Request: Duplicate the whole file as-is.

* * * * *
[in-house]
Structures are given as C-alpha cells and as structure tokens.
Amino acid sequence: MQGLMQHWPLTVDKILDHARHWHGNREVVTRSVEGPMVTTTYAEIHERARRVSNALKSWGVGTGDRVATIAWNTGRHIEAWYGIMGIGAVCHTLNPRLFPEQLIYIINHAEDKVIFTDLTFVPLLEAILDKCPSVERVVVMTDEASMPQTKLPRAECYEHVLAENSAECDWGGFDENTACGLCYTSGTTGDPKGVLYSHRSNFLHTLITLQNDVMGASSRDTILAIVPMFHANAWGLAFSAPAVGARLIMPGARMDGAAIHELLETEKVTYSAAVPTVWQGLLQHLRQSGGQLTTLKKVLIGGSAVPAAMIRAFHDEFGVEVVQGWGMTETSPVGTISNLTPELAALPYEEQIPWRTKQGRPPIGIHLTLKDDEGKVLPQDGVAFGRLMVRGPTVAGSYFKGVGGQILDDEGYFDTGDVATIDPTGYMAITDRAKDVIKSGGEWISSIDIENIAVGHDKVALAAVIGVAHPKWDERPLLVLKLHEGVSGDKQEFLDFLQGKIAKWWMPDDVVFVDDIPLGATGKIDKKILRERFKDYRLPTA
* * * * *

[in-house]
Structures are given as C-alpha cells and as structure tokens.
Amino acid sequence: MQGLMQHWPLTVDKILDHARHWHGNREVVTRSVEGPMVTTTYAEIHERARRVSNALKSWGVGTGDRVATIAWNTGRHIEAWYGIMGIGAVCHTLNPRLFPEQLIYIINHAEDKVIFTDLTFVPLLEAILDKCPSVERVVVMTDEASMPQTKLPRAECYEHVLAENSAECDWGGFDENTACGLCYTSGTTGDPKGVLYSHRSNFLHTLITLQNDVMGASSRDTILAIVPMFHANAWGLAFSAPAVGARLIMPGARMDGAAIHELLETEKVTYSAAVPTVWQGLLQHLRQSGGQLTTLKKVLIGGSAVPAAMIRAFHDEFGVEVVQGWGMTETSPVGTISNLTPELAALPYEEQIPWRTKQGRPPIGIHLTLKDDEGKVLPQDGVAFGRLMVRGPTVAGSYFKGVGGQILDDEGYFDTGDVATIDPTGYMAITDRAKDVIKSGGEWISSIDIENIAVGHDKVALAAVIGVAHPKWDERPLLVLKLHEGVSGDKQEFLDFLQGKIAKWWMPDDVVFVDDIPLGATGKIDKKILRERFKDYRLPTA